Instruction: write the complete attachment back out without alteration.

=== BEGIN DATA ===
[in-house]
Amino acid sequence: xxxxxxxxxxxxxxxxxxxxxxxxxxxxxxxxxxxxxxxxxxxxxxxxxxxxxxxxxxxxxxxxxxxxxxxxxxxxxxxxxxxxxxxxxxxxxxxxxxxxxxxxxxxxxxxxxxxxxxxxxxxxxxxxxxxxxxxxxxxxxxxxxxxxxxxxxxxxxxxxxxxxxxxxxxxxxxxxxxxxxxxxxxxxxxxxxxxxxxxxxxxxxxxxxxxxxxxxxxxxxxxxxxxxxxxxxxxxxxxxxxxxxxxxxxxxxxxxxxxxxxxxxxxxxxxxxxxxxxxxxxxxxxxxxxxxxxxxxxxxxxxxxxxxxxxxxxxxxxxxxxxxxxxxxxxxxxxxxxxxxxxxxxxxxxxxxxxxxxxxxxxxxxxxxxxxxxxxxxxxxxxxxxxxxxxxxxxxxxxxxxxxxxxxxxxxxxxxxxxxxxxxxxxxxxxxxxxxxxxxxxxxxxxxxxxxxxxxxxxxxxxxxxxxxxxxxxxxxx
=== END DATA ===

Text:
[in-house]
Amino acid sequence: xxxxxxxxxxxxxxxxxxxxxxxxxxxxxxxxxxxxxxxxxxxxxxxxxxxxxxxxxxxxxxxxxxxxxxxxxxxxxxxxxxxxxxxxxxxxxxxxxxxxxxxxxxxxxxxxxxxxxxxxxxxxxxxxxxxxxxxxxxxxxxxxxxxxxxxxxxxxxxxxxxxxxxxxxxxxxxxxxxxxxxxxxxxxxxxxxxxxxxxxxxxxxxxxxxxxxxxxxxxxxxxxxxxxxxxxxxxxxxxxxxxxxxxxxxxxxxxxxxxxxxxxxxxxxxxxxxxxxxxxxxxxxxxxxxxxxxxxxxxxxxxxxxxxxxxxxxxxxxxxxxxxxxxxxxxxxxxxxxxxxxxxxxxxxxxxxxxxxxxxxxxxxxxxxxxxxxxxxxxxxxxxxxxxxxxxxxxxxxxxxxxxxxxxxxxxxxxxxxxxxxxxxxxxxxxxxxxxxxxxxxxxxxxxxxxxxxxxxxxxxxxxxxxxxxxxxxxxxx